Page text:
• Functional responses of uremic single skeletal muscle fibers to redox imbalances

      Mitrou, G.I.; Poulianiti, K.P.; Koutedakis, Y.; Jamurtas, A.Z.; Maridaki, M.D.; Stefanidis, I.; Sakkas, G.K.; Karatzaferi, C. (PMC, 2017-01-22)
      BACKGROUND: The exact causes of skeletal muscle weakness in chronic kidney disease (CKD) remain unknown with uremic toxicity and redox imbalances being implicated. To understand whether uremic muscle has acquired any sensitivity to acute redox changes we examined the effects of redox disturbances on force generation capacity. METHODS: Permeabilized single psoas fibers (N =37) from surgically induced CKD (UREM) and sham-operated (CON) rabbits were exposed to an oxidizing (10 mM Hydrogen Peroxide, H2O2) and/or a reducing [10 mM Dithiothreitol (DTT)] agent, in a blind design, in two sets of experiments examining: A) the acute effect of the addition of H2O2 on maximal (pCa 4.4) isometric force of actively contracting fibers and the effect of incubation in DTT on subsequent re-activation and force recovery (N =9 CON; N =9 UREM fibers); B) the effect of incubation in H2O2 on both submaximal (pCa 6.2) and maximal (pCa 4.4) calcium activated isometric force generation (N =9 CON; N =10 UREM fibers). RESULTS: Based on cross-sectional area (CSA) calculations, a 14 % atrophy in UREM fibers was revealed; thus forces were evaluated in absolute values and corrected for CSA (specific force) values. A) Addition of H2O2 during activation did not significantly affect force generation in any group or the pool of fibers. Incubation in DTT did not affect the CON fibers but caused a 12 % maximal isometric force decrease in UREM fibers (both in absolute force p =0.024, and specific force, p =0.027). B) Incubation in H2O2 during relaxation lowered subsequent maximal (but not submaximal) isometric forces in the Pool of fibers by 3.5 % (for absolute force p =0.033, for specific force p =0.019) but not in the fiber groups separately. CONCLUSIONS: Force generation capacity of CON and UREM fibers is affected by oxidation similarly. However, DTT significantly lowered force in UREM muscle fibers. This may indicate that at baseline UREM muscle could have already been at a more reduced redox state than physiological. This observation warrants further investigation as it could be linked to disease-induced effects.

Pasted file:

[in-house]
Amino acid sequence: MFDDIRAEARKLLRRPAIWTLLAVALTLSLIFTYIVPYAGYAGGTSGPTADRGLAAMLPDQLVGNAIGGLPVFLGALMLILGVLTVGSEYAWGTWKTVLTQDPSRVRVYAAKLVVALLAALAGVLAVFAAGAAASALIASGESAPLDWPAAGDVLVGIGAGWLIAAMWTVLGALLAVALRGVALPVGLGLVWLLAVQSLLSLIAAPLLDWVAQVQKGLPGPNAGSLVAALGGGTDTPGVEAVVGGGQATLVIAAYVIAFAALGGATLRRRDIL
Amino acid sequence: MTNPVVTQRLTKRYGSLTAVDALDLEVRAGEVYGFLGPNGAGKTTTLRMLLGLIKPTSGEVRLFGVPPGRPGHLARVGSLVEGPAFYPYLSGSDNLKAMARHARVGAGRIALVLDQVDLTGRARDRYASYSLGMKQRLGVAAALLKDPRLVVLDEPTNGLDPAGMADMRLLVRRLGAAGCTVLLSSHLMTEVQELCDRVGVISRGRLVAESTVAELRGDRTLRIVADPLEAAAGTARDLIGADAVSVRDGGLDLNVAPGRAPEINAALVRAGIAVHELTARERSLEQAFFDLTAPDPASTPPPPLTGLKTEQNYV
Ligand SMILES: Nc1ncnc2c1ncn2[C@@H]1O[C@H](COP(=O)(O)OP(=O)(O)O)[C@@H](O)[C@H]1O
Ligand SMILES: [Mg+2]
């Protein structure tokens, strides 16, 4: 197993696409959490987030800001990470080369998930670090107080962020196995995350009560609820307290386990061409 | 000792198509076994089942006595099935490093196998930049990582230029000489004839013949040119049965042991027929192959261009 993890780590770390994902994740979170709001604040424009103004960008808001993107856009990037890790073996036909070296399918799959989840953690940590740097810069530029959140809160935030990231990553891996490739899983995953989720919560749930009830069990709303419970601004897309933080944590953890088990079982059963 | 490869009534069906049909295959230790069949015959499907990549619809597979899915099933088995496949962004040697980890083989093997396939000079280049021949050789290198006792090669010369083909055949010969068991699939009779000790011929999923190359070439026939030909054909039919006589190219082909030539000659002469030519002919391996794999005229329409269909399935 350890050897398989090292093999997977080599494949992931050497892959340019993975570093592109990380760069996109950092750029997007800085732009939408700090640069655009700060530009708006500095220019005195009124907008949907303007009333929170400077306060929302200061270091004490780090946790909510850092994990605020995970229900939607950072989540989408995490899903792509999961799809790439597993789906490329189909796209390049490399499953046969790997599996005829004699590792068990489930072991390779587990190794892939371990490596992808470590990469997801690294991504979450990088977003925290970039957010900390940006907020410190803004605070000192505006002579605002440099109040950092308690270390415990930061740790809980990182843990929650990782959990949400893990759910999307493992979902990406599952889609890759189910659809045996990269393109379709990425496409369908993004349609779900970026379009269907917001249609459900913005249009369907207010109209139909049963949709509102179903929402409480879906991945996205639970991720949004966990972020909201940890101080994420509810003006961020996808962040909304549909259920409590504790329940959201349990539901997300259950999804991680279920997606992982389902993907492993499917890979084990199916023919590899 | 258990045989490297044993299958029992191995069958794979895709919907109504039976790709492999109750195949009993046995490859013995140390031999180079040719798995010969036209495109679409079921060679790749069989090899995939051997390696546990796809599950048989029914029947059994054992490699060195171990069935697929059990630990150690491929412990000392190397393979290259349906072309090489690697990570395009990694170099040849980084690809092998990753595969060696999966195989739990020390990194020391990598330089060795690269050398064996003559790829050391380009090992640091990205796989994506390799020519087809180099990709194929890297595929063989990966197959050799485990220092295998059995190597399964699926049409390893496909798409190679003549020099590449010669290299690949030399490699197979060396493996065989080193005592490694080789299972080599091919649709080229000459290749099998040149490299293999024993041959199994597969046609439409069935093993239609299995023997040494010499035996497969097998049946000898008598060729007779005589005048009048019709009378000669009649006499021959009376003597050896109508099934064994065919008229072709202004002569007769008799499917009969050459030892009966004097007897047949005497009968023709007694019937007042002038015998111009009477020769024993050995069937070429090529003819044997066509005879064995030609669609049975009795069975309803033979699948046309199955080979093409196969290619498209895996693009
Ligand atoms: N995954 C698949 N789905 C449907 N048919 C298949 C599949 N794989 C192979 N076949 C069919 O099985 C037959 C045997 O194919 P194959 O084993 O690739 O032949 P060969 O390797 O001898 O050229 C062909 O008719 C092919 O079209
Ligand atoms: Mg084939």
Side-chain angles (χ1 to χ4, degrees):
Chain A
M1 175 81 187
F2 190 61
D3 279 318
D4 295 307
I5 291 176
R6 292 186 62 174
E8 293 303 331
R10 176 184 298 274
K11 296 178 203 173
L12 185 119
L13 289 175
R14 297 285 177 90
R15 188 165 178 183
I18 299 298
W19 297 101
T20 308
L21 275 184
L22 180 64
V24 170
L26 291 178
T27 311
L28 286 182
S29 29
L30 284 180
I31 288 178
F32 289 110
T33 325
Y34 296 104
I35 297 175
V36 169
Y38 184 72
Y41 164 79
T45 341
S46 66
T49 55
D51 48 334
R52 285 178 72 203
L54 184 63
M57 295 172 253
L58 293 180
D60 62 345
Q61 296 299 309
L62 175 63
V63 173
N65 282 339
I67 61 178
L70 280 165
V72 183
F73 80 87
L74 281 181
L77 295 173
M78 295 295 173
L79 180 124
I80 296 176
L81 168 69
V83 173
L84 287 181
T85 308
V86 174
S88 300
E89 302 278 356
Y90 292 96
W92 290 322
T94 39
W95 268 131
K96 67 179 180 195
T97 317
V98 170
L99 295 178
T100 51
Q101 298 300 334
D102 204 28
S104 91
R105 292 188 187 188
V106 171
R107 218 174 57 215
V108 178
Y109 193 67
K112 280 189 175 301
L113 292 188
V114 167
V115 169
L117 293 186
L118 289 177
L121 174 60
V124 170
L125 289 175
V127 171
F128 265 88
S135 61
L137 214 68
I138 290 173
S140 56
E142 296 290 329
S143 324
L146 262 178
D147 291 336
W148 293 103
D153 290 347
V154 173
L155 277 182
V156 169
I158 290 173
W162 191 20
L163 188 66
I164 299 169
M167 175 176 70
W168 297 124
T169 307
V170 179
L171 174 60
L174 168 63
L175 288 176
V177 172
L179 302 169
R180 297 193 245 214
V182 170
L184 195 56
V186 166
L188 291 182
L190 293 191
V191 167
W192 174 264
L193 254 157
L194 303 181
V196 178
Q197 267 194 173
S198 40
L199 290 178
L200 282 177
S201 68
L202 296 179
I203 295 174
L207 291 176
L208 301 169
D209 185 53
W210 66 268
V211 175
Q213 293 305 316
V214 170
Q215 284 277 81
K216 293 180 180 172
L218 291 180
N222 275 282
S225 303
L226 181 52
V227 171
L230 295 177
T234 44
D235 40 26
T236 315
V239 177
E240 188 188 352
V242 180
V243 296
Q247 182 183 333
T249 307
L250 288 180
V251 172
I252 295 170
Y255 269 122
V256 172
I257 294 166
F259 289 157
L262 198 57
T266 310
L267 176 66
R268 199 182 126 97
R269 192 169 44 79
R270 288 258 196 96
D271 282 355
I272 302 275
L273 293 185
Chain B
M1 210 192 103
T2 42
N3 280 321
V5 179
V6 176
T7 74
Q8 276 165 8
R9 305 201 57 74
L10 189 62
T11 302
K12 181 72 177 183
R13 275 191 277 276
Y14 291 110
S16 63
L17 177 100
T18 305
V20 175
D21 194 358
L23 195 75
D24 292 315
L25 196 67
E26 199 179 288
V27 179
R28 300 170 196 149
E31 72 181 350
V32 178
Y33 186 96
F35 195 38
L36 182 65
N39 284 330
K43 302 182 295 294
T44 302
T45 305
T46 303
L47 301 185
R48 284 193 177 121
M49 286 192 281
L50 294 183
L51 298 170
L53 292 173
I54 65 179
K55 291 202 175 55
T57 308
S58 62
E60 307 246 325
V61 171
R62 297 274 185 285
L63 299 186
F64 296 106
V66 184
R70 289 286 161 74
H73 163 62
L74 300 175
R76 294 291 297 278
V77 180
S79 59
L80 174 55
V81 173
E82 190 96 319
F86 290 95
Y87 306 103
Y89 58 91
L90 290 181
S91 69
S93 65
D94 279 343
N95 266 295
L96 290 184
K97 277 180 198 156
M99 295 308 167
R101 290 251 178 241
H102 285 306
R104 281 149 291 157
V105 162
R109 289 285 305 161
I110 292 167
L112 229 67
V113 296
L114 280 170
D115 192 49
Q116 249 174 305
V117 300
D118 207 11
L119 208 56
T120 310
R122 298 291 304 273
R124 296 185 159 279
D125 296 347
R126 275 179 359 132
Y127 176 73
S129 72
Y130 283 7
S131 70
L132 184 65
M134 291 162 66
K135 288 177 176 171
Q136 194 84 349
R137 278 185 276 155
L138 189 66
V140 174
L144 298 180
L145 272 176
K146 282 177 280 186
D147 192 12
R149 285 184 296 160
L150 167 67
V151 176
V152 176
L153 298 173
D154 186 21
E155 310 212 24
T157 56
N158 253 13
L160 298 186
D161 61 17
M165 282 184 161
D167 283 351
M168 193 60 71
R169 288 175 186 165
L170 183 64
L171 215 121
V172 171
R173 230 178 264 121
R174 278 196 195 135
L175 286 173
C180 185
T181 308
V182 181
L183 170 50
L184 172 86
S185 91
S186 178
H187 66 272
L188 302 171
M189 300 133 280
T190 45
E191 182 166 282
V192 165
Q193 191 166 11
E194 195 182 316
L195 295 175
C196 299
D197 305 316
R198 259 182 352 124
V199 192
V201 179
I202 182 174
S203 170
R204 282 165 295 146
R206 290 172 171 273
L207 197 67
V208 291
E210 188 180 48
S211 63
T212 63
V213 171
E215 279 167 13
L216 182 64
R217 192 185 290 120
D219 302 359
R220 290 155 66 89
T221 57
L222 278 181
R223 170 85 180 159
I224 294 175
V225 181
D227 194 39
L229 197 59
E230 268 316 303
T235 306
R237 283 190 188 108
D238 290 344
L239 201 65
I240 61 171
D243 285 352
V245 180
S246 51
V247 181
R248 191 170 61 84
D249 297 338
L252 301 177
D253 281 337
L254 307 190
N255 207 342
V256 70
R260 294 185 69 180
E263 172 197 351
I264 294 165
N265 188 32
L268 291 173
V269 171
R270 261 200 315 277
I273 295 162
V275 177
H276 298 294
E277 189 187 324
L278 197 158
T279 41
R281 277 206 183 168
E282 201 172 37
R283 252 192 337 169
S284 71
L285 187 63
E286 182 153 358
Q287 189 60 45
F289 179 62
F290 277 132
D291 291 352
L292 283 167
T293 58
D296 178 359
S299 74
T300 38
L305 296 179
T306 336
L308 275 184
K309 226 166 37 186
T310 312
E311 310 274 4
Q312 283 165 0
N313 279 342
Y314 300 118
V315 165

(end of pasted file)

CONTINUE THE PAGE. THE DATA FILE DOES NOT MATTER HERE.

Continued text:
• Chronic eccentric exercise and antioxidant supplementation: effects on lipid profile and insulin sensitivity

      Yfanti, C.; Tsiokanos, A.; Fatouros, I.G.; Theodorou, A.A.; Deli, C.K.; Koutedakis, Y.; Jamurtas, A.Z. (Journal of Sports Science and Medicine, 2017-08-08)
      Eccentric exercise has been shown to exert beneficial effects in both lipid profile and insulin sensitivity. Antioxidant supplementation during chronic exercise is controversial as it may prevent the physiological training-induced adaptations. The aim of this study was to investigate: 1) the minimum duration of the eccentric exercise training required before changes on metabolic parameters are observed and 2) whether antioxidant supplementation during training would interfere with these adaptations. Sixteen young healthy men were randomized into the Vit group (1 g of vitamin C and 400 IU vitamin E daily) and the placebo (PL) group. Subjects received the supplementation for 9 weeks. During weeks 5-9 all participants went through an eccentric exercise training protocol consisting of two exercise sessions (5 sets of 15 eccentric maximal voluntary contractions) per week. Plasma triglycerides (TG), total cholesterol (TC), high density lipoprotein (HDL), low density lipoprotein (LDL), apolipoproteins (Apo A1, Apo B and Lpa) and insulin sensitivity (HOMA) were assessed before the supplementation (week 0), at weeks 5, 6, 7, 8 and 9. TG, TC and LDL were significantly lower compared to pre supplementation at both weeks 8 and 9 (P<0.05) in both groups. HDL was significantly elevated after 4 weeks of training (p < 0.005) in both groups. There was no effect of the antioxidant supplementation in any of the variables. There was no effect of either the training or the supplementation protocol in apolipoproteins levels and insulin sensitivity. A minimum duration of 3 weeks of eccentric exercise training is required before beneficial effects in lipid profile can be observed in healthy young men. Concomitant antioxidant supplementation does not interfere with the training-induced adaptations.
    • Disparate habitual physical activity and dietary intake profiles of elderly men with low and elevated systemic inflammation

      Draganidis, Dimitrios; Jamurtas, Athanasios Z; Stampoulis, Theodoros; Laschou, Vasiliki C; Deli, Chariklia K; Georgakouli, Kalliopi; Papanikolaou, Konstantinos; Chatzinikolaou, Athanasios; Michalopoulou, Maria; Papadopoulos, Constantinos; Tsimeas, Panagiotis; Chondrogianni, Niki; Koutedakis, Yiannis; Karagounis, Leonidas G; Fatouros, Ioannis G (2018-05-04)